I had a little conversation with Bryan Alexander over First Man and our capacity for experience. It came down to this (Bryan): “Yes, there's a cultural pattern here, an arc from dread/possibility to suburbs.
She lay every morning under an avalanche of details, blissed: pictures of breakfasts in Patagonia, a girl applying foundation with a hardboiled egg, a shiba inu in Japan leaping from paw to paw to greet its owner
There can be comparatively little question that the place ordinarily occupied by dreams in literature is peculiarly unreal and unsatisfying. When the hero tells us that "last night he dreamed a dream"...
Elizabeth Holmes was said to be the ‘youngest self-made female billionaire’ of all time. And why not? Her invention was going to be the reason people – Americans first, but eventually everyone in the world – would lead better, healthier, longer lives.
It’s easiest to start from the impulse to problematize the position of the flâneur. The ugly word privilege hovers around it, and we turn to questions that we know the answer to, “Who, exactly, is allowed to wander, like so?”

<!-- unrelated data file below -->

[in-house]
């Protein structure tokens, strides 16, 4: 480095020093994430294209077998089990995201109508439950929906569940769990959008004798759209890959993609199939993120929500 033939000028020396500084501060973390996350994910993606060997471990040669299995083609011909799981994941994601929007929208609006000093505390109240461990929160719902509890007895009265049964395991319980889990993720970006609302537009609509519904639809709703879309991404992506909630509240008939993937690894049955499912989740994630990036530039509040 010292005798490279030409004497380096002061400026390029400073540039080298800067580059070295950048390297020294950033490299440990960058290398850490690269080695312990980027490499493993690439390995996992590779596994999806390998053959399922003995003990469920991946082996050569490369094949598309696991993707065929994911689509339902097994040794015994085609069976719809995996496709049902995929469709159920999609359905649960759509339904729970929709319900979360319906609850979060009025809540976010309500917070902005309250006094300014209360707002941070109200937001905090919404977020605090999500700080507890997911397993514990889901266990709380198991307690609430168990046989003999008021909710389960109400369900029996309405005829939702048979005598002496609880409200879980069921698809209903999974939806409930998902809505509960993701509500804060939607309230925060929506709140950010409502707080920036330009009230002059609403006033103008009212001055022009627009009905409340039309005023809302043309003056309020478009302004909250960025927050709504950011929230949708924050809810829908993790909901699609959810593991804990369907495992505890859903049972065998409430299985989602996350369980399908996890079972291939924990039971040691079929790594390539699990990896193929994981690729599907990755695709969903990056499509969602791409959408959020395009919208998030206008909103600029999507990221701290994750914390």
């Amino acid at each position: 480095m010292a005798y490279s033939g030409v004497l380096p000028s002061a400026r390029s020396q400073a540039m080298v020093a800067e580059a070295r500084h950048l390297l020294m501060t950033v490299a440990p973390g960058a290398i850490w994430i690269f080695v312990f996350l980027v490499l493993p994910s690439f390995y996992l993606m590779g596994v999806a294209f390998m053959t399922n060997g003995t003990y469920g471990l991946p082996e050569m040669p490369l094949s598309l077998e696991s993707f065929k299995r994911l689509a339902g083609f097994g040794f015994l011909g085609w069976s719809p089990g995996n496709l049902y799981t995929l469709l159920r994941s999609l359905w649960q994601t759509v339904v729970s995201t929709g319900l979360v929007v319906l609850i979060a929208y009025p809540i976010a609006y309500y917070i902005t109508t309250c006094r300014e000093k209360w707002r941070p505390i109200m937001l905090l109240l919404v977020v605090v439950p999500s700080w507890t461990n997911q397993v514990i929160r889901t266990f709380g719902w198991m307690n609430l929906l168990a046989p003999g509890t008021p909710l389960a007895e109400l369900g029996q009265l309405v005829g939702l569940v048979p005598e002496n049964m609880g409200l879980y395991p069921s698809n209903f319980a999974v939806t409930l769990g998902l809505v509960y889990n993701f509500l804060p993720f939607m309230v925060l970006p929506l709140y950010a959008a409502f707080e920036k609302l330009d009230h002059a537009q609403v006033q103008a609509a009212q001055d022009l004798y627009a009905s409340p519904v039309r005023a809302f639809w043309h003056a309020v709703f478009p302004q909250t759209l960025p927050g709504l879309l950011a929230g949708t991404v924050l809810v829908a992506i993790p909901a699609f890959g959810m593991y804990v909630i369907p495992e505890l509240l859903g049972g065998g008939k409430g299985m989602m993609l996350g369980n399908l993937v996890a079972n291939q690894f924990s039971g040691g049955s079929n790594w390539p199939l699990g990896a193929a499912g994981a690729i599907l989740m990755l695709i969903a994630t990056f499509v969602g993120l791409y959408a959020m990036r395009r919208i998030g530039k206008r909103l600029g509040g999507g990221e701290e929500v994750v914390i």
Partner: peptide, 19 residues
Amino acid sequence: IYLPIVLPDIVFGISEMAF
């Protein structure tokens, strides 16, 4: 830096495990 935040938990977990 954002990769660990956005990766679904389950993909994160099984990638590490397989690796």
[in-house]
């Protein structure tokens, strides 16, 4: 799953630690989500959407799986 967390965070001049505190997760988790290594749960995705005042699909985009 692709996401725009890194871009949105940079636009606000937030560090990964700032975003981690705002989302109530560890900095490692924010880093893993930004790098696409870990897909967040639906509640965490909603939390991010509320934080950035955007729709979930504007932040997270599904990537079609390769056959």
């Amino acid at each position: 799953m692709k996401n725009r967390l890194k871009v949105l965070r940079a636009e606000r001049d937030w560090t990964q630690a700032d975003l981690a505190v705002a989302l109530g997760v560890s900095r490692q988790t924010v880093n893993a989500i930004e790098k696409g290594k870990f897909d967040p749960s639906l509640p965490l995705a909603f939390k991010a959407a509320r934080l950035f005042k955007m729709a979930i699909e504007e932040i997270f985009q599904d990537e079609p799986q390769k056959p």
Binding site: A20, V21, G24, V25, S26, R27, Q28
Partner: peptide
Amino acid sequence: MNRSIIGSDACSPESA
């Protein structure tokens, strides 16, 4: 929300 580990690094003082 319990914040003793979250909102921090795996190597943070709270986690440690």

That Diana and the Amazons speak ‘hundreds’ of languages is believable, given their situation and seeming enlightenment; that English becomes their go-to choice for daily chats off the Greek coast, less so.
On the ancient river, seagull rock crests out of the waters. An outcrop within its sight is thorned by a few young silhouettes, taking turns plunging into the river some feet below. Riverboats and water taxis, white river cruise-ships weave short and cyclical tours between the two shores.